The 2008 financial crisis has triggered various debates, ranging from the stability of the banking system to ethical issues. We want to look at it from a particular perspective: Credit derivatives have much in common with reinsurance, e.g. risk transfer via pooling and layering, scarce data, skewed loss distributions, and a limited number of specialised players in the market. This leads to a special mixture of mathematical/statistical and cultural challenges. Reinsurers have been struggling to cope with these, not always successfully, but they have learnt some lessons during their more-than-one century in business. Some culture established in the reinsurance world could possibly inspire markets like the credit derivatives market, however, the subtle differences between the two worlds matter: We will see that traditional reinsurance has built-in incentives for (some) fairness, while securitisation can facilitate opportunism.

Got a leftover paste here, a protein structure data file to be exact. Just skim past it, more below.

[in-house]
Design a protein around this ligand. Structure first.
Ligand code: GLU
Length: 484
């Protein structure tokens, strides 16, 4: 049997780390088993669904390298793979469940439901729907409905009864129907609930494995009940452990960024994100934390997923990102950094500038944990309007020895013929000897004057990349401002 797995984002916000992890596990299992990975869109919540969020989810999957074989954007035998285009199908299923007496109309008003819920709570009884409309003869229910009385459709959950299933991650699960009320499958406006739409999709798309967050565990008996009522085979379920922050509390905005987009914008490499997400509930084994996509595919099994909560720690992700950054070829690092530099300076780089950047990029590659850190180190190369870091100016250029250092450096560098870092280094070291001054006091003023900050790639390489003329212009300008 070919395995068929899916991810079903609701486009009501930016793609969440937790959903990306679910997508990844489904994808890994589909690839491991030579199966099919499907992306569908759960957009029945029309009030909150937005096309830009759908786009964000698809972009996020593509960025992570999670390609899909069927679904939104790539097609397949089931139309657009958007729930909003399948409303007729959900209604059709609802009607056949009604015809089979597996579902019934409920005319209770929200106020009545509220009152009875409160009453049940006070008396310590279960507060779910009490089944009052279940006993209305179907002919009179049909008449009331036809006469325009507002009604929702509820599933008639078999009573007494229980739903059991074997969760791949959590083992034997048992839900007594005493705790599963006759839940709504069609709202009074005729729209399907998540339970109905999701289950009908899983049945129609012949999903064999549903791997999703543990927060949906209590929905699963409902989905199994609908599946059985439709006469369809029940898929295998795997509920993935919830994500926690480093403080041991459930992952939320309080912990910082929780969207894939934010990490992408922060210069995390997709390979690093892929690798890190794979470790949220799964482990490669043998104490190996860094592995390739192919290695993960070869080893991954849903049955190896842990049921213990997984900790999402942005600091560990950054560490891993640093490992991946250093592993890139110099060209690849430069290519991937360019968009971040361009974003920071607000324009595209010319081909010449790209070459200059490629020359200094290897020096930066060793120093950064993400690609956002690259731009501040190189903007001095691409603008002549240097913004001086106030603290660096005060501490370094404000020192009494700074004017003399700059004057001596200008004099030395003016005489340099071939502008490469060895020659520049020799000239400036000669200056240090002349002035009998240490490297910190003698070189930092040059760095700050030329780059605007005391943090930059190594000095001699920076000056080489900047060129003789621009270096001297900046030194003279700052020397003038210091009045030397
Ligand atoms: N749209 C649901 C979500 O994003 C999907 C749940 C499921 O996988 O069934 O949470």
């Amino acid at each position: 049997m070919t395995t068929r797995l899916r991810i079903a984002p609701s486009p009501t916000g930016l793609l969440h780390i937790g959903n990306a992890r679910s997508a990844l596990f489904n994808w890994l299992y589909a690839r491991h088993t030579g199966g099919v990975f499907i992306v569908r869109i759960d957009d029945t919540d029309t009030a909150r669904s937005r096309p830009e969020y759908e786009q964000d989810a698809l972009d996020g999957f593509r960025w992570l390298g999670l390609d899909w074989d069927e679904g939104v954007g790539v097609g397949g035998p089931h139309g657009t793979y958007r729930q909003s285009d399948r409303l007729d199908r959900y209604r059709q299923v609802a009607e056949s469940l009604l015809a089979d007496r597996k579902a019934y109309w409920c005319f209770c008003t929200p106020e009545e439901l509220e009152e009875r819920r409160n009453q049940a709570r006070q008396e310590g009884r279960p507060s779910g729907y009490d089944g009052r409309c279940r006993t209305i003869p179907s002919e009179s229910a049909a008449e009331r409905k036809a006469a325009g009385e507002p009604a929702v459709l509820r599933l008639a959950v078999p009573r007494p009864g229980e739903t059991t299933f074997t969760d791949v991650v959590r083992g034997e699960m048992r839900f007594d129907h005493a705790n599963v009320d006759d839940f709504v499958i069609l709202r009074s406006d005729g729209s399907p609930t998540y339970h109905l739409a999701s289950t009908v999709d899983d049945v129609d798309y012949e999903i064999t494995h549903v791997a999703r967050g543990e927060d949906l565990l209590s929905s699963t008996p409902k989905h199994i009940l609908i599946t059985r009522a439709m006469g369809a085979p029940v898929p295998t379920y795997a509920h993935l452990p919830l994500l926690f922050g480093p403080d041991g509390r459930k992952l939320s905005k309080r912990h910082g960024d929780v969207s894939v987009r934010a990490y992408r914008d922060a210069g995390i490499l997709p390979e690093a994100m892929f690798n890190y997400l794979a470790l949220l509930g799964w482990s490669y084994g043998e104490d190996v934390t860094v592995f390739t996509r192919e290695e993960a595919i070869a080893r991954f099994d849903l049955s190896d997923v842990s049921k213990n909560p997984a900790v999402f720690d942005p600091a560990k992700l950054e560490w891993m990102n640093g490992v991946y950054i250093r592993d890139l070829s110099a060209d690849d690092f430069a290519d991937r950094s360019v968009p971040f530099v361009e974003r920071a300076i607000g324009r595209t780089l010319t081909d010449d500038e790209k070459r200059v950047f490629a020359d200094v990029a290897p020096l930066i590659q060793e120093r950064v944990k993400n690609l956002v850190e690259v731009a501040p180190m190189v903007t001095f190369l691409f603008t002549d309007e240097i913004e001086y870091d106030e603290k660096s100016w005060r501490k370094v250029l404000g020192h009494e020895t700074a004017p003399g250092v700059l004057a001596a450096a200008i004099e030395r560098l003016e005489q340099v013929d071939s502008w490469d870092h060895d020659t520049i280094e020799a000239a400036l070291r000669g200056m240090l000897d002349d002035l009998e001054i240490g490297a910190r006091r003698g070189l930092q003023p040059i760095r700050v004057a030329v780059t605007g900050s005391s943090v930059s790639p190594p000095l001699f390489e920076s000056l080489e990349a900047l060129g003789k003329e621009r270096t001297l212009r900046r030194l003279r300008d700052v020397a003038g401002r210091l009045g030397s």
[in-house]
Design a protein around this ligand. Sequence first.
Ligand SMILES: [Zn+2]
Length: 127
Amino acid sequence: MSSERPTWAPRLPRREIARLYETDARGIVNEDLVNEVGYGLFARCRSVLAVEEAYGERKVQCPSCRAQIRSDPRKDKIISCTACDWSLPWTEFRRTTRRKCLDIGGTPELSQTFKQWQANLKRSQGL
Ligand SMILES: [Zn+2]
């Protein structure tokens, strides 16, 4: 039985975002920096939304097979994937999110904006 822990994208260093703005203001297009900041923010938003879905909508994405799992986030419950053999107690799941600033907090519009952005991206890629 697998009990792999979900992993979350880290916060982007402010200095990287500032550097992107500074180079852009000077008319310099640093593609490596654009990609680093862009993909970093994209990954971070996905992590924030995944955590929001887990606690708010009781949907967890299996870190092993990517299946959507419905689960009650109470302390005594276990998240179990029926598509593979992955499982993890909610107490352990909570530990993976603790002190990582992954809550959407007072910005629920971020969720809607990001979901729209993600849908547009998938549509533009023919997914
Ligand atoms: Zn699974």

Michael Fackler is a self-employed qualified actuary, consulting mainly on reinsurance pricing. He is also a lecturer of the German actuarial academy DAA and regularly publishes and speaks at conferences about reinsurance and related topics.

Michael studied mathematics at Munich and Pisa; his work experience includes ten years with leading reinsurers (Munich Re, Swiss Re group). He received awards relating to risk as diverse as the Hachemeister Prize of the Casualty Actuarial Society (best paper 2014) and a Bavarian lifesaving medal.


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